expensive by far than they were a
year ago.- In fact it is almost impos
sible to get certain kinds of tools for
commercial work, as the government
seizes these just as fast as they are
"One, concern that has had an
order in for some months to get 25
automatic machines, has had these
machines taken by the government
just as fast as they have been com
pleted. To date 20 of the machines
have been finished and all are in gov
ernment use. The other five will
probably go along with .he rest."
JOURDAN SEDAN. - V
OLYMPIAN' TOL-R1XG. . j
" . KING FOURSOME. . ALLE.N'lOURING. '
MIXED CLIENTELE .
FOR PACKARD CARS
A List of 1,500 Owners In
eludes Nearly Every Lin of
Business and Profes
Alist of men who own the 4,000.000
automobiles that arc running in the
United States probably would throw
into clear relief the varied usefulness
of the motor car. Judging by the oc
cupations of the owners, this Amer
ican invention is an important ad
junct to every productive profession,
business and employment.
To get a cross-section of its clien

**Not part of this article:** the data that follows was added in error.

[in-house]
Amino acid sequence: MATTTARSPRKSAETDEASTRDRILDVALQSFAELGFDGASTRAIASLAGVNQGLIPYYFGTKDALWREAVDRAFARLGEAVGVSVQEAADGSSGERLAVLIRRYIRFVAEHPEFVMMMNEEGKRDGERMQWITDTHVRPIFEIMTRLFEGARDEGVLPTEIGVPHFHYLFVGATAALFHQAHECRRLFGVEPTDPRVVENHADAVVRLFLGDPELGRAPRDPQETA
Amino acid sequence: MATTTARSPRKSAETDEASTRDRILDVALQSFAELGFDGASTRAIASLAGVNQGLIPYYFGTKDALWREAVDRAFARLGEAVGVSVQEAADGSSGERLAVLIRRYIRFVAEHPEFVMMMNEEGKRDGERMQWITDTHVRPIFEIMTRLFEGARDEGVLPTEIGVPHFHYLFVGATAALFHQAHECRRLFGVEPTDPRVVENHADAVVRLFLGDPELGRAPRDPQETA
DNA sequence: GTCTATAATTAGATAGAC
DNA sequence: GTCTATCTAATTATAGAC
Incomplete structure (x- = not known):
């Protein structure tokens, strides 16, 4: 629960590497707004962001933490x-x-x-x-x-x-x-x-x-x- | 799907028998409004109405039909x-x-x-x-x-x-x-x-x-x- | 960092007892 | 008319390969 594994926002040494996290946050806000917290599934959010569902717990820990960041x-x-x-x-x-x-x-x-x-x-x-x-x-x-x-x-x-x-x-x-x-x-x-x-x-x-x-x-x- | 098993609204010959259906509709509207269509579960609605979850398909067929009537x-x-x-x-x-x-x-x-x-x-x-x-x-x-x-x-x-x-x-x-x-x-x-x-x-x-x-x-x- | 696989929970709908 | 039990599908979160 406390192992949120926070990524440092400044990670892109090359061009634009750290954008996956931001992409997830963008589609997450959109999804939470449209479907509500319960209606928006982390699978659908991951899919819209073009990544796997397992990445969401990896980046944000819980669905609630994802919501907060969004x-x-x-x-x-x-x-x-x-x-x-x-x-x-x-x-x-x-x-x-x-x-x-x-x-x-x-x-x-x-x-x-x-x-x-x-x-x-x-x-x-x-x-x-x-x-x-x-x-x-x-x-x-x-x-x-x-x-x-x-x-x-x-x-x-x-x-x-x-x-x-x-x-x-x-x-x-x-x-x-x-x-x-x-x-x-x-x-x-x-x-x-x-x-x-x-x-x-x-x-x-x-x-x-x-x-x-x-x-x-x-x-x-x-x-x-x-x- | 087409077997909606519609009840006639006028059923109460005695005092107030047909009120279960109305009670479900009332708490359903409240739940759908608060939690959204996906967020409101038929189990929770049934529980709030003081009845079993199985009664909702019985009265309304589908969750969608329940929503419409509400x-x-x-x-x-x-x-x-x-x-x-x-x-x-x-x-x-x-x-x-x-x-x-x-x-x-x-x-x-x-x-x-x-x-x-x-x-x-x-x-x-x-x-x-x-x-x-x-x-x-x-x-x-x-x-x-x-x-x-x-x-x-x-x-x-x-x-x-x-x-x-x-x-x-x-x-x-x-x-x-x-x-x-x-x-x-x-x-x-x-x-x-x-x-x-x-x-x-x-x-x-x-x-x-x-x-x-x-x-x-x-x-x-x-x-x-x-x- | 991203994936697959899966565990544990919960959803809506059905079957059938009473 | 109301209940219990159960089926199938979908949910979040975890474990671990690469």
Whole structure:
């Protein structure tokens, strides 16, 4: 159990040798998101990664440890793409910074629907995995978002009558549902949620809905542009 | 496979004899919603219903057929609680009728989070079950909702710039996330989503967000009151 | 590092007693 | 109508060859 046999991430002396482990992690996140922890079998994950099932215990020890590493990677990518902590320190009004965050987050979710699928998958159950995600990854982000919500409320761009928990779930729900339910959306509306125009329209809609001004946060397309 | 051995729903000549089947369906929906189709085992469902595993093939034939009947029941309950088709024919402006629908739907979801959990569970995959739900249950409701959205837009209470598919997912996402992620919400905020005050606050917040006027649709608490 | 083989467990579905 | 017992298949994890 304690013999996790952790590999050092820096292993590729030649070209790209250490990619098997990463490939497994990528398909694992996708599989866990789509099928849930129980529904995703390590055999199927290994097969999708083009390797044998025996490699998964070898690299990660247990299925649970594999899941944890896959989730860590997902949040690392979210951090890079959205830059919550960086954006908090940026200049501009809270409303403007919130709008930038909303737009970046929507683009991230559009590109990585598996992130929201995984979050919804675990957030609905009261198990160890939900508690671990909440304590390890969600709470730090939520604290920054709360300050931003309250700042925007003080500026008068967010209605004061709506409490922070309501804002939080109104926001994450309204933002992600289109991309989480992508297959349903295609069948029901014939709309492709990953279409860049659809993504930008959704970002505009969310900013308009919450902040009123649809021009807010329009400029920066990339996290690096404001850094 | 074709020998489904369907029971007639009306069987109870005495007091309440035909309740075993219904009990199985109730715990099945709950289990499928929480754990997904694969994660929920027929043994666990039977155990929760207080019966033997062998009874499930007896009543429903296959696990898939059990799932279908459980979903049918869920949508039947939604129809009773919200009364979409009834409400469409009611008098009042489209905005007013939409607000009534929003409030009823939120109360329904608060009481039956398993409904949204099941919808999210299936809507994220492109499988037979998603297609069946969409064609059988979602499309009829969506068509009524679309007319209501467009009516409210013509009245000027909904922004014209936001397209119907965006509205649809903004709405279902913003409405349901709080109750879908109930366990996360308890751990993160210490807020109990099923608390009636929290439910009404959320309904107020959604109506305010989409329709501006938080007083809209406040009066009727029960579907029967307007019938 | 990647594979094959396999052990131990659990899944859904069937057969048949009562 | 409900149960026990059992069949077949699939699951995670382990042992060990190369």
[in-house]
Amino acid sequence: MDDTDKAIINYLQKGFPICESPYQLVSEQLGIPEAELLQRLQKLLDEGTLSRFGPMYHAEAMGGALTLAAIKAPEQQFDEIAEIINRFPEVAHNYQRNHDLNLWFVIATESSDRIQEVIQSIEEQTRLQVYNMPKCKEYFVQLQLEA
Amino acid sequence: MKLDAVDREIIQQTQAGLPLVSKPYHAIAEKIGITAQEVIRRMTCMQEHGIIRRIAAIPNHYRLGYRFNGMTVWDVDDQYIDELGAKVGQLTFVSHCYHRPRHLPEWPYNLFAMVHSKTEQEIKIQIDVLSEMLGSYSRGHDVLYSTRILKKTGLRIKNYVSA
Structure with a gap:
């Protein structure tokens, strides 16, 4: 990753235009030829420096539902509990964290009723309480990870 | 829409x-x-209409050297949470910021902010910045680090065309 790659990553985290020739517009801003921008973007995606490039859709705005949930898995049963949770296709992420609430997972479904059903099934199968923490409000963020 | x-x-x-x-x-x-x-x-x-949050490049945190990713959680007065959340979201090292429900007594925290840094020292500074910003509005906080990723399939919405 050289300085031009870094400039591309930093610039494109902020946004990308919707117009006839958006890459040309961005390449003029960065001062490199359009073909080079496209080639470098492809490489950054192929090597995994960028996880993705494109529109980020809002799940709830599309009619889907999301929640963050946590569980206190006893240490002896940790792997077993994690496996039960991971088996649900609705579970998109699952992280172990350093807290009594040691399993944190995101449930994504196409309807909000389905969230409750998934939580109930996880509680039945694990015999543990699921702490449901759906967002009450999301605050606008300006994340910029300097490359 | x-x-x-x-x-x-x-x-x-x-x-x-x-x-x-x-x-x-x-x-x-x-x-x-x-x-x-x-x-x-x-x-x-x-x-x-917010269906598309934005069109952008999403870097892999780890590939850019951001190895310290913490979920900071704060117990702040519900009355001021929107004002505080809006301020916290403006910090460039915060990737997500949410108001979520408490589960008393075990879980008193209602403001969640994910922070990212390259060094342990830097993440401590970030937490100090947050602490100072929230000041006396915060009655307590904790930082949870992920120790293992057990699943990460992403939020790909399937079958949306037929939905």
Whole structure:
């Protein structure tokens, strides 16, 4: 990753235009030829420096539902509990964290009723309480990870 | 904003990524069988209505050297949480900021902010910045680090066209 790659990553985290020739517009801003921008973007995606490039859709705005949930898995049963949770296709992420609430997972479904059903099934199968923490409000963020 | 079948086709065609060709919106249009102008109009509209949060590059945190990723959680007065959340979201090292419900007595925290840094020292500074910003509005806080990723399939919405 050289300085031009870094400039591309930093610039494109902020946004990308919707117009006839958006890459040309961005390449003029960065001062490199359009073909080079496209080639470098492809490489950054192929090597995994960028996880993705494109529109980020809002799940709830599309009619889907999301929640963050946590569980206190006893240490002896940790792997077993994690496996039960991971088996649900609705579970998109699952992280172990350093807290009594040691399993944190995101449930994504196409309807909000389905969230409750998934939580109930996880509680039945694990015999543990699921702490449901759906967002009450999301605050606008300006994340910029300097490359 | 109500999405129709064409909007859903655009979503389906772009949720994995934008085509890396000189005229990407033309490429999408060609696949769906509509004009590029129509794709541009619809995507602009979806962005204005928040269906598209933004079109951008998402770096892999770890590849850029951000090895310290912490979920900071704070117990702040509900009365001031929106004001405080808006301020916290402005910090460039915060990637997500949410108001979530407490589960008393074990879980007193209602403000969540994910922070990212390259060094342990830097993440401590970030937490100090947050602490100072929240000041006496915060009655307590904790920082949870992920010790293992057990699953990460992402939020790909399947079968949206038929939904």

tele, the Packard Motor Car company
recently analyzed the ownership- of
1,500 of it third series Twin Six
cars. The result supplies an interest
ing suggestion of the service in which
cars of the first class are engaged..
Of the number chosen for study.
42 cars are owned by farmers and
iictiers, 30 bv growers and dealers
cofton and ' wool, 12 by breeders
of and dealers in live stock. Among
442 manufacturers who own new Twin
Sixes are makers of all sorts of pro
ducts from farm implements and
shoes to silk and ice.
Show preference For Packard.
The banker and investor, whose
committee meetings and directors'
conferences have increased in auinbcr
with the multiplicity of business con
cerns since the war began, has shown
a decided partiality for the Packard.
No less than 325 of these 1,500 third
series. Twin Sixes have gone, to men
of affairs. Fifty of them have been
sold to captains of transportation, di
recting railroad and steamship lines.
Coal and lumber dealers are well
represented in the list, each class
having bought 60 to 65 of the num
ber studied. Two hundred and seventy-four
merchants are in this partic
ular list of Packard owners. 37 real
estate men, 14 publishers, 116 doctors
and lawyers and clerics' and artists,
27 public officers, 23 hotel and apart
ment owner-managers, 21 chemists
and 13 engineers.
No Shortage in Auto Gasoline
Business men seriously interested in
the government's efforts to preserve
public confidence and stimulate a